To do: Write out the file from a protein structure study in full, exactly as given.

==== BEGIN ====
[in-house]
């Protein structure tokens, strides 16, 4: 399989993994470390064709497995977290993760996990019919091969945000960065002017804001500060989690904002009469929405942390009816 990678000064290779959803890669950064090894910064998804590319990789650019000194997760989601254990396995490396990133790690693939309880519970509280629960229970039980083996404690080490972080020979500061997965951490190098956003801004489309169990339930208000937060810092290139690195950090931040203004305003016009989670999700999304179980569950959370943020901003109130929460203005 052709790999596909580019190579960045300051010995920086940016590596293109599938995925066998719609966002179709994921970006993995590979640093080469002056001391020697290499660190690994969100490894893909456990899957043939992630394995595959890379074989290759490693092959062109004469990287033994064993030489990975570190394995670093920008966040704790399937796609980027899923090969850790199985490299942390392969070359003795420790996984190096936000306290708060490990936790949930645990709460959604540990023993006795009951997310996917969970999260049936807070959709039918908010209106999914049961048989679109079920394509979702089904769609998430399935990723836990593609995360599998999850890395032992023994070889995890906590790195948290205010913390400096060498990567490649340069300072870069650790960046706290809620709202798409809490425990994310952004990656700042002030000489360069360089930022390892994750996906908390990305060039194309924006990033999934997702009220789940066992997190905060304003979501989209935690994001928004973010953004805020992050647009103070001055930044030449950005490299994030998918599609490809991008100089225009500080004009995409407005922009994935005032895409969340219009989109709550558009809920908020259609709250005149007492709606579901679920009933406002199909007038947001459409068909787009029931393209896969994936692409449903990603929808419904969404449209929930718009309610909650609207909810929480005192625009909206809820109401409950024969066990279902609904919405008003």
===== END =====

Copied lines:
[in-house]
């Protein structure tokens, strides 16, 4: 399989993994470390064709497995977290993760996990019919091969945000960065002017804001500060989690904002009469929405942390009816 990678000064290779959803890669950064090894910064998804590319990789650019000194997760989601254990396995490396990133790690693939309880519970509280629960229970039980083996404690080490972080020979500061997965951490190098956003801004489309169990339930208000937060810092290139690195950090931040203004305003016009989670999700999304179980569950959370943020901003109130929460203005 052709790999596909580019190579960045300051010995920086940016590596293109599938995925066998719609966002179709994921970006993995590979640093080469002056001391020697290499660190690994969100490894893909456990899957043939992630394995595959890379074989290759490693092959062109004469990287033994064993030489990975570190394995670093920008966040704790399937796609980027899923090969850790199985490299942390392969070359003795420790996984190096936000306290708060490990936790949930645990709460959604540990023993006795009951997310996917969970999260049936807070959709039918908010209106999914049961048989679109079920394509979702089904769609998430399935990723836990593609995360599998999850890395032992023994070889995890906590790195948290205010913390400096060498990567490649340069300072870069650790960046706290809620709202798409809490425990994310952004990656700042002030000489360069360089930022390892994750996906908390990305060039194309924006990033999934997702009220789940066992997190905060304003979501989209935690994001928004973010953004805020992050647009103070001055930044030449950005490299994030998918599609490809991008100089225009500080004009995409407005922009994935005032895409969340219009989109709550558009809920908020259609709250005149007492709606579901679920009933406002199909007038947001459409068909787009029931393209896969994936692409449903990603929808419904969404449209929930718009309610909650609207909810929480005192625009909206809820109401409950024969066990279902609904919405008003």